When I visited the island last week, to visit family and do some research on the U.S. Army Corps of Engineers’ (USACE) and the Puerto Rico Electric Power Authority’s (PREPA) efforts to restore electricity, I also heard similar opinions. In addition, many people talked about countless alleged cases of corruption in PREPA. Some of these were covered by the local press – a subject that will be explored in a future Congressional hearing.

For now, let’s ignore the bribery allegations. I am interested in the following question: has politics played a role in the efforts to restore electricity to the island’s municipalities? In other words, does political party affiliation or political favoritism determined the USACE’s and PREPA’s efforts? And why do Puerto Ricans feel that this is the case?

Before we answer these questions, it is important to first note that Puerto Rico is divided into 78 municipalities, each with an elected mayor and an elected legislative assembly.

In terms of population, the biggest municipality is San Juan with 347,052 people and the smallest is Culebra with 1,818 people. While the pro-statehood, Partido Nuevo Progresista (PNP) won all the territory-level  institutions (i.e. the governorship, the legislature and the resident commissioner seat) in the 2016 general election, the pro-Commonwealth Partido Popular Democrático (PPD) won 45 of the municipalities. Over 2 million people live in municipalities controlled by the PPD, while close to 1.4 million live in municipalities controlled by the PNP.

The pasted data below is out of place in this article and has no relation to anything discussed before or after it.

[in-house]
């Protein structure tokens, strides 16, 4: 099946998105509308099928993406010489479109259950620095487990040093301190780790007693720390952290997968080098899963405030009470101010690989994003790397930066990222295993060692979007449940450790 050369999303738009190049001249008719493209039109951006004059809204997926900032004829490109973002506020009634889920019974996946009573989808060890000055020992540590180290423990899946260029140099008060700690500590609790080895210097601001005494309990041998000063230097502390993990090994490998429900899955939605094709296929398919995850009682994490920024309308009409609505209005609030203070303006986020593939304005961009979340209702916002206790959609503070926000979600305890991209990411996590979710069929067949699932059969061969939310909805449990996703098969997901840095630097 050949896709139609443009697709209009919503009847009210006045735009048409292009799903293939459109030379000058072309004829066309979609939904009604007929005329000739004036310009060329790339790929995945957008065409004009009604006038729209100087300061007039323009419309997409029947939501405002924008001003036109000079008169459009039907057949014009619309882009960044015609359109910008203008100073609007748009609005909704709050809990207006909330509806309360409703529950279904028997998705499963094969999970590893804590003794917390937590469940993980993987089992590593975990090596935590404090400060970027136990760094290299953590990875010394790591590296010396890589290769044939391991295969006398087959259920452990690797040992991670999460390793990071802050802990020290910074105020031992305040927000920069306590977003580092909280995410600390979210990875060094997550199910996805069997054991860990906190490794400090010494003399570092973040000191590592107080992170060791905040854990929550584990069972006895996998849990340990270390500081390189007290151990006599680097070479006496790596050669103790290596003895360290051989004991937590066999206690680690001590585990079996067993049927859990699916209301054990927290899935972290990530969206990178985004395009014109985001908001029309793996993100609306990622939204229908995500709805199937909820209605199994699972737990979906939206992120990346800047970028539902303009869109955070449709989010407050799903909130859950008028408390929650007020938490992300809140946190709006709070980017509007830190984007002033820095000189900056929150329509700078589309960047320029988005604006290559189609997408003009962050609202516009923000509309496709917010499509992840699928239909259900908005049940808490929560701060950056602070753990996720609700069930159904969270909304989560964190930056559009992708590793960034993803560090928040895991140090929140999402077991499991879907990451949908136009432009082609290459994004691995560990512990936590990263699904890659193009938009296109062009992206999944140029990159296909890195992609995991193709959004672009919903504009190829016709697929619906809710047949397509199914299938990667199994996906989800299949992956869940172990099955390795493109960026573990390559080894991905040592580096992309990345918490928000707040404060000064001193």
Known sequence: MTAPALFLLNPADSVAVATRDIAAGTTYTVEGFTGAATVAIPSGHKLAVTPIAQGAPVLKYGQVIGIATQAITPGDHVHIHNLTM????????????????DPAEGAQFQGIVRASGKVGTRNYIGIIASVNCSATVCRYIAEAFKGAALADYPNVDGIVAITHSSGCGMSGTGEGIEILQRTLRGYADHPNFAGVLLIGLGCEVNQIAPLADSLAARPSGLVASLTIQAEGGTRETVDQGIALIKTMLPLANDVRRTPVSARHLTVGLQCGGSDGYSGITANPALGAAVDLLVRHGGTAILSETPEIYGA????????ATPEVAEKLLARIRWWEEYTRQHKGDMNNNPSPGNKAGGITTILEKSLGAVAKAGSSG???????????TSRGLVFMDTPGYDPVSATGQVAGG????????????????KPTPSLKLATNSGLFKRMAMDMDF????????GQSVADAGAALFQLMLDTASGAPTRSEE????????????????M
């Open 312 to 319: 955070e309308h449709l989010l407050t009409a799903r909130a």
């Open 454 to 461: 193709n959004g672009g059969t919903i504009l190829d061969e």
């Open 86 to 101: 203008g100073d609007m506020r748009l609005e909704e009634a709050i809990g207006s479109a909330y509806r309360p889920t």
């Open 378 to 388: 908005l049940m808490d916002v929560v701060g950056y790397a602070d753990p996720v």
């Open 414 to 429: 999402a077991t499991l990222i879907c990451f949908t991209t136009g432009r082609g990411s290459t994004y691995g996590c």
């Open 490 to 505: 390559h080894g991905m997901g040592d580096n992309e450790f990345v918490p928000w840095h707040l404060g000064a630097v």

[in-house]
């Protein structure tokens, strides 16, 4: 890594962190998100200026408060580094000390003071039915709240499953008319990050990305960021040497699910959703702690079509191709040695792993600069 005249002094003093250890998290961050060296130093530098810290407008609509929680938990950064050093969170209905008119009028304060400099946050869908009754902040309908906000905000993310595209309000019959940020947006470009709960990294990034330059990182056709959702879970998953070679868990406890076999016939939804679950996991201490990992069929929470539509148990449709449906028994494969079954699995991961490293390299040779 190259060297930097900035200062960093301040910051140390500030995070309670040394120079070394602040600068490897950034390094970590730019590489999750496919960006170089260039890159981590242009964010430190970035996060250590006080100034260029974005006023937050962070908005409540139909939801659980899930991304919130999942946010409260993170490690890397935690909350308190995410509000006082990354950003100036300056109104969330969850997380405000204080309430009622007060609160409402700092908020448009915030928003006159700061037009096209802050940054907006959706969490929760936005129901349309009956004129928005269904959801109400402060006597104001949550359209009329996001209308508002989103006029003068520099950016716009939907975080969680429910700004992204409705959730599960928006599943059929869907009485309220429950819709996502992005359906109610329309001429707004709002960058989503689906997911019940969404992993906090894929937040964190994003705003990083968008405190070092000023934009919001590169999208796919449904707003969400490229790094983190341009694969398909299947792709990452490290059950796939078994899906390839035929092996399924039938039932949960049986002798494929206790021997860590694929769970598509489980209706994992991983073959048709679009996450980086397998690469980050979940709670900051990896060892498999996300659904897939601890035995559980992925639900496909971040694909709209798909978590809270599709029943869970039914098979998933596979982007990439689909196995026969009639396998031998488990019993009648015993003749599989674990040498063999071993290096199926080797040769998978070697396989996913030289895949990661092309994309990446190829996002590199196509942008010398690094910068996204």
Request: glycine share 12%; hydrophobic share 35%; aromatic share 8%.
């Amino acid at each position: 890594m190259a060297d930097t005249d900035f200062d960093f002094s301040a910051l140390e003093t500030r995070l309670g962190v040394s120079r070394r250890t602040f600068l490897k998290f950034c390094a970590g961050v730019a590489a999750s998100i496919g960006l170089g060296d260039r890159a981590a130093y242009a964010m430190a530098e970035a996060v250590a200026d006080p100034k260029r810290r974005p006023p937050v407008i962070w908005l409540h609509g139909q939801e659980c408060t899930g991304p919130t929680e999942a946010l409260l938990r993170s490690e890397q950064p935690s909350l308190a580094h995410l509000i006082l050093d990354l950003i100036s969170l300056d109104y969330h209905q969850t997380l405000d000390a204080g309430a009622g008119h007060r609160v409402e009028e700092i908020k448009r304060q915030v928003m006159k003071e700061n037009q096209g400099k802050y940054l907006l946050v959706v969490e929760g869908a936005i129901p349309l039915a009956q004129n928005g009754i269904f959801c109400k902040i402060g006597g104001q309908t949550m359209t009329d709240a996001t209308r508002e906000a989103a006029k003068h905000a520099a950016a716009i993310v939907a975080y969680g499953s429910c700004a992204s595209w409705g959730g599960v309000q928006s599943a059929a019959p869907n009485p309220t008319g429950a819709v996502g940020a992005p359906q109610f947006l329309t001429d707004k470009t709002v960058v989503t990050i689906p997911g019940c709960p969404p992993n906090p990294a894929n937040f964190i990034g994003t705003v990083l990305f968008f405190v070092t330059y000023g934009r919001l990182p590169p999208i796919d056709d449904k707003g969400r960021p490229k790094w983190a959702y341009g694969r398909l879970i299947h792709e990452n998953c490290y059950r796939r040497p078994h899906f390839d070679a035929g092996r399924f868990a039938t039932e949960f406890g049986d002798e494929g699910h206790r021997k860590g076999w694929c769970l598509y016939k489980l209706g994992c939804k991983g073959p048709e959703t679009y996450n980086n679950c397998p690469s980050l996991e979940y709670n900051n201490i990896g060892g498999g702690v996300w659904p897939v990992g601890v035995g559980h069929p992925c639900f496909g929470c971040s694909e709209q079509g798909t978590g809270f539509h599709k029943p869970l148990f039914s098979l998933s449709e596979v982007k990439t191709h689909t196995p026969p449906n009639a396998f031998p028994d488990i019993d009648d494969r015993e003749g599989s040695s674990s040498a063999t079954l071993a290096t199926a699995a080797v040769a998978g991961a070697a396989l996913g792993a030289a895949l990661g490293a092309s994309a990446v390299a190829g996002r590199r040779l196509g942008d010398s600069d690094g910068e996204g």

As of this morning, 179 days since Hurricane Maria made landfall in Puerto Rico, 92% of the island’s 1,473,000 electricity customers have power, leaving around 120,000 customers without power. As the graph below shows, since 2 January 2018, around 545,000 customers have been reconnected to the electric grid.

chart (5)

Unfortunately, we don’t have these customer level data for the last months of 2017 as PREPA’s computer systems could not calculate how many meters were connected to the grid. But the graph shows that the process to repair the electric system has been very slow and has frustrated many Puerto Ricans.

Another problem with this graph is that it does not actually tell us how many people have electricity at the municipal level. Since mid-January 2018, the USACE has been sharing the number of connected meters by regions. The regions corresponds to PREPA’s division of the islands into the following clusters: Arecibo, Bayamon, Caguas, Carolina, Ponce, Mayaguez and San Juan.